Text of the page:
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English Dictionary: dream by the DICT Development Group
5 results for dream
From WordNet (r) 3.0 (2006) [wn]:
  1. a series of mental images and emotions occurring during sleep; "I had a dream about you last night"
    Synonym(s): dream, dreaming
  2. imaginative thoughts indulged in while awake; "he lives in a dream that has nothing to do with reality"
    Synonym(s): dream, dreaming
  3. a cherished desire; "his ambition is to own his own business"
    Synonym(s): ambition, aspiration, dream
  4. a fantastic but vain hope (from fantasies induced by the opium pipe); "I have this pipe dream about being emperor of the universe"
    Synonym(s): pipe dream, dream
  5. a state of mind characterized by abstraction and release from reality; "he went about his work as if in a dream"
  6. someone or something wonderful; "this dessert is a dream"
  1. have a daydream; indulge in a fantasy [syn: dream, daydream, woolgather, stargaze]
  2. experience while sleeping; "She claims to never dream"; "He dreamt a strange scene"
From Webster's Revised Unabridged Dictionary (1913) [web1913]:
   Dream \Dream\, v. i. [imp. & p. p. {Dreamed}or {Dreamt} ([?]);
      p. pr. & vb. n. {Dreaming}.] [Cf. AS. dr[?]man, dr[?]man, to
      rejoice. See {Dream}, n.]
      1. To have ideas or images in the mind while in the state of
            sleep; to experience sleeping visions; -- often with of;
            as, to dream of a battle, or of an absent friend.
      2. To let the mind run on in idle revery or vagary; to
            anticipate vaguely as a coming and happy reality; to have
            a visionary notion or idea; to imagine.
                     Here may we sit and dream Over the heavenly theme.
                     They dream on in a constant course of reading, but
                     not digesting.                                    --Locke.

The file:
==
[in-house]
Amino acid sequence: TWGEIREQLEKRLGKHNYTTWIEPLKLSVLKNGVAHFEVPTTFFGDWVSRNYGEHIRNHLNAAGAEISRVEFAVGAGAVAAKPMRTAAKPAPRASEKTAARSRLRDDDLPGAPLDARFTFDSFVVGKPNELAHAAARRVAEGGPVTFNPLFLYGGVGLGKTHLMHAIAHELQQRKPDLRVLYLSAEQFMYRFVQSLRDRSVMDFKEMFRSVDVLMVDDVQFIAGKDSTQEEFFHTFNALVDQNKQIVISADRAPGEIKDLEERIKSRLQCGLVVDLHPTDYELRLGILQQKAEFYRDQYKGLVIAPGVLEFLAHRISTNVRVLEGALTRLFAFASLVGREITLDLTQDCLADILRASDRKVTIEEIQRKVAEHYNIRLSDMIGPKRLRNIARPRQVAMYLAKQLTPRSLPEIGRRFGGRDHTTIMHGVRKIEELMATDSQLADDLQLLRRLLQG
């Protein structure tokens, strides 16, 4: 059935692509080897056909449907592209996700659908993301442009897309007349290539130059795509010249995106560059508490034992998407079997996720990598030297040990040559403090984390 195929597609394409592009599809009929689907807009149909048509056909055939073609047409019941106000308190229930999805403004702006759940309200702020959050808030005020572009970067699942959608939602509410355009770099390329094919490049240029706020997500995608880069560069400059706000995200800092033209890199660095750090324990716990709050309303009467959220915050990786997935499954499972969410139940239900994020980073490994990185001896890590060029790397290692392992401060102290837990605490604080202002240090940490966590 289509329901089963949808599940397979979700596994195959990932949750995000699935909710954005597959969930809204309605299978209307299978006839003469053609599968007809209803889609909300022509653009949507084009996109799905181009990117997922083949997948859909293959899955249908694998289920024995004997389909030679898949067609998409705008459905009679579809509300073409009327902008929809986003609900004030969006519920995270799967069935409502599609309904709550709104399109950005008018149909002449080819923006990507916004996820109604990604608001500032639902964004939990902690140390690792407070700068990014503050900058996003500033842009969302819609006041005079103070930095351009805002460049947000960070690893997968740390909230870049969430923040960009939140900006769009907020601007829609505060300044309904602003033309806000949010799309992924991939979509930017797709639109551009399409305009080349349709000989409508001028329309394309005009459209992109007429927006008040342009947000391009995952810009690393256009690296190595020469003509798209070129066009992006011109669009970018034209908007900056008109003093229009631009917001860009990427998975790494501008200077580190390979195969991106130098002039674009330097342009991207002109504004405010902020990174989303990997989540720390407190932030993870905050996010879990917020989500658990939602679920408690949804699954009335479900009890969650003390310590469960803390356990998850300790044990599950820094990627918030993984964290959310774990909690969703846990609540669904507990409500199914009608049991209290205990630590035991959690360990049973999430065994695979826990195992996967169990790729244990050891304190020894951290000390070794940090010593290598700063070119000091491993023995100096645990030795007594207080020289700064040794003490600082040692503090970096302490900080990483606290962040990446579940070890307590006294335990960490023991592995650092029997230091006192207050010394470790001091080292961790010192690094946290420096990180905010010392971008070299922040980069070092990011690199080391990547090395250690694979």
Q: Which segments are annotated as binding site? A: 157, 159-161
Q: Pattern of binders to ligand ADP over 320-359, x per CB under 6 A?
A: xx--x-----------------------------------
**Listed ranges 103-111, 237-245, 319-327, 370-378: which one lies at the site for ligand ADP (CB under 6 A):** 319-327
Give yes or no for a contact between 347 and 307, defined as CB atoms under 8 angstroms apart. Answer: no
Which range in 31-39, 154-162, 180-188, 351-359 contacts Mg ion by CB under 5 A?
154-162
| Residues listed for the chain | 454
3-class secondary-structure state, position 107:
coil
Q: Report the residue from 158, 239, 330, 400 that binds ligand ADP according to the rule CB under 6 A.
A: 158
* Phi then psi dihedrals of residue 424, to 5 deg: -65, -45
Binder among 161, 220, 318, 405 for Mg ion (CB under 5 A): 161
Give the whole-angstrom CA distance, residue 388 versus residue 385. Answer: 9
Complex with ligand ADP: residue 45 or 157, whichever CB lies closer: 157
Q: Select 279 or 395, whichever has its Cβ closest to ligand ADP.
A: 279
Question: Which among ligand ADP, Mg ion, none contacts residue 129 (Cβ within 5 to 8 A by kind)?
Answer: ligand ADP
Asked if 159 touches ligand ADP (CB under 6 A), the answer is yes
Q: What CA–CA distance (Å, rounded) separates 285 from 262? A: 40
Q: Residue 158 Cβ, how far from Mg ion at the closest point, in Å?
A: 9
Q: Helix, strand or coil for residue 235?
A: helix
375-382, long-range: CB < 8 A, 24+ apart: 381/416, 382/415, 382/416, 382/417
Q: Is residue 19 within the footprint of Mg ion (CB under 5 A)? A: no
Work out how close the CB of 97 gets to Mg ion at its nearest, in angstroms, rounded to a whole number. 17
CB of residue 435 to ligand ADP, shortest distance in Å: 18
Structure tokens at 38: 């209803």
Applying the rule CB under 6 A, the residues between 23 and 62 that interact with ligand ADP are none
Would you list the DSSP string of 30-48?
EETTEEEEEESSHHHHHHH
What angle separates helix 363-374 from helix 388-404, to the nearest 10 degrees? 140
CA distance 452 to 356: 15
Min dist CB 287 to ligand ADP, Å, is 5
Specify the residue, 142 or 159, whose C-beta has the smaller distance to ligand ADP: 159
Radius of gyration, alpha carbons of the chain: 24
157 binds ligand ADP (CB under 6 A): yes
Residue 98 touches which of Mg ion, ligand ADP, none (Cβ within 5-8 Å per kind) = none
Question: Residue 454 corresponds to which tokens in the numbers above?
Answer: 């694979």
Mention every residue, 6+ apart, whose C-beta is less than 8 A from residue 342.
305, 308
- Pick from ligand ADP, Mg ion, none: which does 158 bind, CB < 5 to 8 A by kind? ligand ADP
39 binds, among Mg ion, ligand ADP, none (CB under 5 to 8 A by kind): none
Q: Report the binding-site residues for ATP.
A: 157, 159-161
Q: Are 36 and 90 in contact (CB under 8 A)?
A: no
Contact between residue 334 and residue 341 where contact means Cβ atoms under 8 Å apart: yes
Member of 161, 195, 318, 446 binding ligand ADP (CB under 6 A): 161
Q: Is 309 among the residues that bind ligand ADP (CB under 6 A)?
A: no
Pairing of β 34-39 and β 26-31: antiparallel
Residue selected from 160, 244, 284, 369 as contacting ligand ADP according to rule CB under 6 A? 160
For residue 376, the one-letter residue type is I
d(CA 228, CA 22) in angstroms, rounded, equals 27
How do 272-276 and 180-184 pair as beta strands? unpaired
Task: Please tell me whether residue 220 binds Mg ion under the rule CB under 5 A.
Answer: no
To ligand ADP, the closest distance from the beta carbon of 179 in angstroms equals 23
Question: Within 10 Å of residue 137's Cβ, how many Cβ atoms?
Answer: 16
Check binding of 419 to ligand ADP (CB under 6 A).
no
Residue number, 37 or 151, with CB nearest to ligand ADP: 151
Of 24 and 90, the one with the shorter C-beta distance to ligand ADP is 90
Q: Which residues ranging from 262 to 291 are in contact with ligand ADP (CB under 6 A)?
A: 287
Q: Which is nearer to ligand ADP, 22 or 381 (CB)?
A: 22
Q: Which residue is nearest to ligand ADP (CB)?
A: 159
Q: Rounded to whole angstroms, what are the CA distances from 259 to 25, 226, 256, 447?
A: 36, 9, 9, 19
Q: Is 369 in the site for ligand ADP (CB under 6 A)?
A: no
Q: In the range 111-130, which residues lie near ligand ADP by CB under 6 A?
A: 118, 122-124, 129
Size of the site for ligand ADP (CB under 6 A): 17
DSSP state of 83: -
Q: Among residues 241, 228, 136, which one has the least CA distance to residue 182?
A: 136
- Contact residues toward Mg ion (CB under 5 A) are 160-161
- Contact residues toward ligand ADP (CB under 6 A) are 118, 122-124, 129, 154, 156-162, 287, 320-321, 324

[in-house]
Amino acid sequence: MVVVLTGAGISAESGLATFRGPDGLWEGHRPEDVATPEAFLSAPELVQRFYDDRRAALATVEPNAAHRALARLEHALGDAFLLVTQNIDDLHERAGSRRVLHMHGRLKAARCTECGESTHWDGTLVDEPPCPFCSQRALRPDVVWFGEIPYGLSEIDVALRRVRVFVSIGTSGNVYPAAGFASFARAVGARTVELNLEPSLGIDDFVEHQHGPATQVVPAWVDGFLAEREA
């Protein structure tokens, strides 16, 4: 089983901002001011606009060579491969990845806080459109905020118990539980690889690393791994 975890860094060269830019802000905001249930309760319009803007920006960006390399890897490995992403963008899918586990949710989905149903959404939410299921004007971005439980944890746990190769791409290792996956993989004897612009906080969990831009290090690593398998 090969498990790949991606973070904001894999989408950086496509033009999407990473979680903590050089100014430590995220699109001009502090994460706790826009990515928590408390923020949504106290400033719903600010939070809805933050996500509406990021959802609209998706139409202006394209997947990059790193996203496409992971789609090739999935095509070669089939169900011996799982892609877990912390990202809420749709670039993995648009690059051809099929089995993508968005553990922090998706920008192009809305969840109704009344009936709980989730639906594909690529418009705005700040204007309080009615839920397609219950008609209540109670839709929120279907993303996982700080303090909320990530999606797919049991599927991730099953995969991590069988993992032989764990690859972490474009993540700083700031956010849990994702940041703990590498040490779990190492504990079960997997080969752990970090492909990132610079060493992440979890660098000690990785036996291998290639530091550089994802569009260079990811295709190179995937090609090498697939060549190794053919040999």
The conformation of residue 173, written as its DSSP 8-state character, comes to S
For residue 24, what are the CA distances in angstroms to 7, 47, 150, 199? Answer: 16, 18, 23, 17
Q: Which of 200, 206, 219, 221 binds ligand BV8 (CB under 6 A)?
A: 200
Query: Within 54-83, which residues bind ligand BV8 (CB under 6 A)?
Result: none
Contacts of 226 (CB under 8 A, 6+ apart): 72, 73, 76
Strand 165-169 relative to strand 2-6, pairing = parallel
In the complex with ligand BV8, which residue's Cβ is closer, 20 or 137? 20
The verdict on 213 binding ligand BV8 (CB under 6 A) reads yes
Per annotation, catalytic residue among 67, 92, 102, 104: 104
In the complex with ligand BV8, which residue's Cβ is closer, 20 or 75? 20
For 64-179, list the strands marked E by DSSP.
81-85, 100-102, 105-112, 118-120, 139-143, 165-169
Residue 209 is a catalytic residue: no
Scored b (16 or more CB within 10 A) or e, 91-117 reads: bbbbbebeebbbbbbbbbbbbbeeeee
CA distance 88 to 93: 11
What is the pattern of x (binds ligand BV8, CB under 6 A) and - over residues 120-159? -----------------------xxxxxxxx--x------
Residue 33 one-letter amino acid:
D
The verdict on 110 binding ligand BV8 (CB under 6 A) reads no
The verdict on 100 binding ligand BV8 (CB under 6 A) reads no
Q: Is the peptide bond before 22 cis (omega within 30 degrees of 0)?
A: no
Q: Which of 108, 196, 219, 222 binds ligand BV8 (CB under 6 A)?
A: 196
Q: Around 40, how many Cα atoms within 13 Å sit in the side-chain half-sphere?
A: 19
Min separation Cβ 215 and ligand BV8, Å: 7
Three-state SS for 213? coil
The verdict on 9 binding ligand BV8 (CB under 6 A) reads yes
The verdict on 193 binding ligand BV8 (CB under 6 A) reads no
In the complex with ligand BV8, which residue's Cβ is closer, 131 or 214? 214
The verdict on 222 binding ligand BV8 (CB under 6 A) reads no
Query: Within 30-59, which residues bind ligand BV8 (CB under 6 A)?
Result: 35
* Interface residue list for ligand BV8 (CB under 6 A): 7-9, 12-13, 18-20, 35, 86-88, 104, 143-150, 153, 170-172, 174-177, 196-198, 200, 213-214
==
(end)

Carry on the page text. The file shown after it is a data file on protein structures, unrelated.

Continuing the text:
From Webster's Revised Unabridged Dictionary (1913) [web1913]:
   Dream \Dream\ (dr[emac]m), n. [Akin to OS. dr[omac]m, D. droom,
      G. traum, Icel. draumr, Dan. & Sw. dr[94]m; cf. G. tr[81]gen
      to deceive, Skr. druh to harm, hurt, try to hurt. AS.
      dre[a0]m joy, gladness, and OS. dr[omac]m joy are, perh.,
      different words; cf. Gr. qry^los noise.]
      1. The thoughts, or series of thoughts, or imaginary
            transactions, which occupy the mind during sleep; a
            sleeping vision.
                     Dreams are but interludes which fancy makes.
                     I had a dream which was not all a dream. --Byron.
      2. A visionary scheme; a wild conceit; an idle fancy; a
            vagary; a revery; -- in this sense, applied to an
            imaginary or anticipated state of happiness; as, a dream
            of bliss; the dream of his youth.
                     There sober thought pursued the amusing theme, Till
                     Fancy colored it and formed a dream.   --Pope.
                     It is not them a mere dream, but a very real aim
                     which they propose.                           --J. C.

From Webster's Revised Unabridged Dictionary (1913) [web1913]:
   Dream \Dream\, v. t.
      To have a dream of; to see, or have a vision of, in sleep, or
      in idle fancy; -- often followed by an objective clause.
               Your old men shall dream dreams.            --Acts ii. 17.
               At length in sleep their bodies they compose, And
               dreamt the future fight.                        --Dryden.
               And still they dream that they shall still succeed.
      {To dream} {away, out, through}, etc., to pass in revery or
            inaction; to spend in idle vagaries; as, to dream away an
            hour; to dream through life. [bd] Why does Antony dream
            out his hours?[b8] --Dryden.

From Easton's 1897 Bible Dictionary [easton]:
      God has frequently made use of dreams in communicating his will
      to men. The most remarkable instances of this are recorded in
      the history of Jacob (Gen. 28:12; 31:10), Laban (31:24), Joseph
      (37:9-11), Gideon (Judg. 7), and Solomon (1 Kings 3:5). Other
      significant dreams are also recorded, such as those of Abimelech
      (Gen. 20:3-7), Pharaoh's chief butler and baker (40:5), Pharaoh
      (41:1-8), the Midianites (Judg. 7:13), Nebuchadnezzar (Dan. 2:1;
      4:10, 18), the wise men from the east (Matt. 2:12), and Pilate's
      wife (27:19).
         To Joseph "the Lord appeared in a dream," and gave him
      instructions regarding the infant Jesus (Matt. 1:20; 2:12, 13,
      19). In a vision of the night a "man of Macedonia" stood before
      Paul and said, "Come over into Macedonia and help us" (Acts
      16:9; see also 18:9; 27:23).
No guarantee of accuracy or completeness!
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